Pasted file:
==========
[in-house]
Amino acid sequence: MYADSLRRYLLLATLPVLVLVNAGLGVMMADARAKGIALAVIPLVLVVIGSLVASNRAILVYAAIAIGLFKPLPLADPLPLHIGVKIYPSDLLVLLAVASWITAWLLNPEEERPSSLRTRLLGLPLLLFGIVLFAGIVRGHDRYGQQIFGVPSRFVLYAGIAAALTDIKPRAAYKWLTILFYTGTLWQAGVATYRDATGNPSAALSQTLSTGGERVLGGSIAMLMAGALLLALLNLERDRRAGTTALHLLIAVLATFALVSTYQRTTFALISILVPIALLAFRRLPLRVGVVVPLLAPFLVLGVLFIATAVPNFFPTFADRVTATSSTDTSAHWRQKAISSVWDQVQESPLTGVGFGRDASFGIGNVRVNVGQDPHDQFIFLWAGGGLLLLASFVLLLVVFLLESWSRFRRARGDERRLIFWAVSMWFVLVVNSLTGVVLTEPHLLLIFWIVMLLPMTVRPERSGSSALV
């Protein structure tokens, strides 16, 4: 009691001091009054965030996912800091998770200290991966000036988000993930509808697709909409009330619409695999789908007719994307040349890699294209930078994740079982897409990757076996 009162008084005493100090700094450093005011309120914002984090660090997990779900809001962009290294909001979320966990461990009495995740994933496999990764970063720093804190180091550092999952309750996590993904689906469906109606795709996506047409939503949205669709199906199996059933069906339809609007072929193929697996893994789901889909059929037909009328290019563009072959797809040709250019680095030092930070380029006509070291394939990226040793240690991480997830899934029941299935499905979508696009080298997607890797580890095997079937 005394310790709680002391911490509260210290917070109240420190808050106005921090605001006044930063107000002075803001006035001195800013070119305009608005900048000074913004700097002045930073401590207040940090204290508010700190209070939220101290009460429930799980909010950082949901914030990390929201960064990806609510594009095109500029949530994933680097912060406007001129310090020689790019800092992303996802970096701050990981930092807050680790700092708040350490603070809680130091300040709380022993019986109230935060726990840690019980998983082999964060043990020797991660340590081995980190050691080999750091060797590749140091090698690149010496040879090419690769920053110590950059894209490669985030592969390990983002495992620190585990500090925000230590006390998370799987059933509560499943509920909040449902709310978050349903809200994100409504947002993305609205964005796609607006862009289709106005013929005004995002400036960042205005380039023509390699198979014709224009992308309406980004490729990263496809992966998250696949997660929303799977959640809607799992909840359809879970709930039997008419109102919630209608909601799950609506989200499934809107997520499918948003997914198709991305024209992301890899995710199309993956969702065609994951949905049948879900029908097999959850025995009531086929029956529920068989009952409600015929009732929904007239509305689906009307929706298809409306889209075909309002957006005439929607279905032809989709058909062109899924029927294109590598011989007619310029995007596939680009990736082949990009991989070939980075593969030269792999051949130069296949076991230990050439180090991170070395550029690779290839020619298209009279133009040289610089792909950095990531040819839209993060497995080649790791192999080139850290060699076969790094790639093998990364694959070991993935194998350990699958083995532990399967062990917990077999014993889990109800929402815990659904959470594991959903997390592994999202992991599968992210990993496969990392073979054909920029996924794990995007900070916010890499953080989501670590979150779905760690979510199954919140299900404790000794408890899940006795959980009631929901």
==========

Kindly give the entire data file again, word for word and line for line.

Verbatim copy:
[in-house]
Amino acid sequence: MYADSLRRYLLLATLPVLVLVNAGLGVMMADARAKGIALAVIPLVLVVIGSLVASNRAILVYAAIAIGLFKPLPLADPLPLHIGVKIYPSDLLVLLAVASWITAWLLNPEEERPSSLRTRLLGLPLLLFGIVLFAGIVRGHDRYGQQIFGVPSRFVLYAGIAAALTDIKPRAAYKWLTILFYTGTLWQAGVATYRDATGNPSAALSQTLSTGGERVLGGSIAMLMAGALLLALLNLERDRRAGTTALHLLIAVLATFALVSTYQRTTFALISILVPIALLAFRRLPLRVGVVVPLLAPFLVLGVLFIATAVPNFFPTFADRVTATSSTDTSAHWRQKAISSVWDQVQESPLTGVGFGRDASFGIGNVRVNVGQDPHDQFIFLWAGGGLLLLASFVLLLVVFLLESWSRFRRARGDERRLIFWAVSMWFVLVVNSLTGVVLTEPHLLLIFWIVMLLPMTVRPERSGSSALV
């Protein structure tokens, strides 16, 4: 009691001091009054965030996912800091998770200290991966000036988000993930509808697709909409009330619409695999789908007719994307040349890699294209930078994740079982897409990757076996 009162008084005493100090700094450093005011309120914002984090660090997990779900809001962009290294909001979320966990461990009495995740994933496999990764970063720093804190180091550092999952309750996590993904689906469906109606795709996506047409939503949205669709199906199996059933069906339809609007072929193929697996893994789901889909059929037909009328290019563009072959797809040709250019680095030092930070380029006509070291394939990226040793240690991480997830899934029941299935499905979508696009080298997607890797580890095997079937 005394310790709680002391911490509260210290917070109240420190808050106005921090605001006044930063107000002075803001006035001195800013070119305009608005900048000074913004700097002045930073401590207040940090204290508010700190209070939220101290009460429930799980909010950082949901914030990390929201960064990806609510594009095109500029949530994933680097912060406007001129310090020689790019800092992303996802970096701050990981930092807050680790700092708040350490603070809680130091300040709380022993019986109230935060726990840690019980998983082999964060043990020797991660340590081995980190050691080999750091060797590749140091090698690149010496040879090419690769920053110590950059894209490669985030592969390990983002495992620190585990500090925000230590006390998370799987059933509560499943509920909040449902709310978050349903809200994100409504947002993305609205964005796609607006862009289709106005013929005004995002400036960042205005380039023509390699198979014709224009992308309406980004490729990263496809992966998250696949997660929303799977959640809607799992909840359809879970709930039997008419109102919630209608909601799950609506989200499934809107997520499918948003997914198709991305024209992301890899995710199309993956969702065609994951949905049948879900029908097999959850025995009531086929029956529920068989009952409600015929009732929904007239509305689906009307929706298809409306889209075909309002957006005439929607279905032809989709058909062109899924029927294109590598011989007619310029995007596939680009990736082949990009991989070939980075593969030269792999051949130069296949076991230990050439180090991170070395550029690779290839020619298209009279133009040289610089792909950095990531040819839209993060497995080649790791192999080139850290060699076969790094790639093998990364694959070991993935194998350990699958083995532990399967062990917990077999014993889990109800929402815990659904959470594991959903997390592994999202992991599968992210990993496969990392073979054909920029996924794990995007900070916010890499953080989501670590979150779905760690979510199954919140299900404790000794408890899940006795959980009631929901």